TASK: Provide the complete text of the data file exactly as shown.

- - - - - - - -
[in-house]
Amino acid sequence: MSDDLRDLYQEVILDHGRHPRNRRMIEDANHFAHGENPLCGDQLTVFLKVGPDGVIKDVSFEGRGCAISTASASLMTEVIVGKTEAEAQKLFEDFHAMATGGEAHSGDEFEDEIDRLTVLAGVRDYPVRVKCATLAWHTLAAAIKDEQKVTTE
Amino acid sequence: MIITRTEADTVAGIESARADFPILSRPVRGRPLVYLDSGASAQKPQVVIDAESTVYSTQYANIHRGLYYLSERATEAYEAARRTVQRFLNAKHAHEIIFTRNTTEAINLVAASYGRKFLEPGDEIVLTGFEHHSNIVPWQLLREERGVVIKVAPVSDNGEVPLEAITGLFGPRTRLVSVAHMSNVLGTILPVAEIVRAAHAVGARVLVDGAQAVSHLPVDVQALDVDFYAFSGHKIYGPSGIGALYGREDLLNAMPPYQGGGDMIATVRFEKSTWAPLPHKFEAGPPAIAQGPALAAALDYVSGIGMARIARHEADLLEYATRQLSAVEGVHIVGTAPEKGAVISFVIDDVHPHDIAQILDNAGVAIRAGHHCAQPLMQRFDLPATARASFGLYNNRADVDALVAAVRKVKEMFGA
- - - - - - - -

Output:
[in-house]
Amino acid sequence: MSDDLRDLYQEVILDHGRHPRNRRMIEDANHFAHGENPLCGDQLTVFLKVGPDGVIKDVSFEGRGCAISTASASLMTEVIVGKTEAEAQKLFEDFHAMATGGEAHSGDEFEDEIDRLTVLAGVRDYPVRVKCATLAWHTLAAAIKDEQKVTTE
Amino acid sequence: MIITRTEADTVAGIESARADFPILSRPVRGRPLVYLDSGASAQKPQVVIDAESTVYSTQYANIHRGLYYLSERATEAYEAARRTVQRFLNAKHAHEIIFTRNTTEAINLVAASYGRKFLEPGDEIVLTGFEHHSNIVPWQLLREERGVVIKVAPVSDNGEVPLEAITGLFGPRTRLVSVAHMSNVLGTILPVAEIVRAAHAVGARVLVDGAQAVSHLPVDVQALDVDFYAFSGHKIYGPSGIGALYGREDLLNAMPPYQGGGDMIATVRFEKSTWAPLPHKFEAGPPAIAQGPALAAALDYVSGIGMARIARHEADLLEYATRQLSAVEGVHIVGTAPEKGAVISFVIDDVHPHDIAQILDNAGVAIRAGHHCAQPLMQRFDLPATARASFGLYNNRADVDALVAAVRKVKEMFGA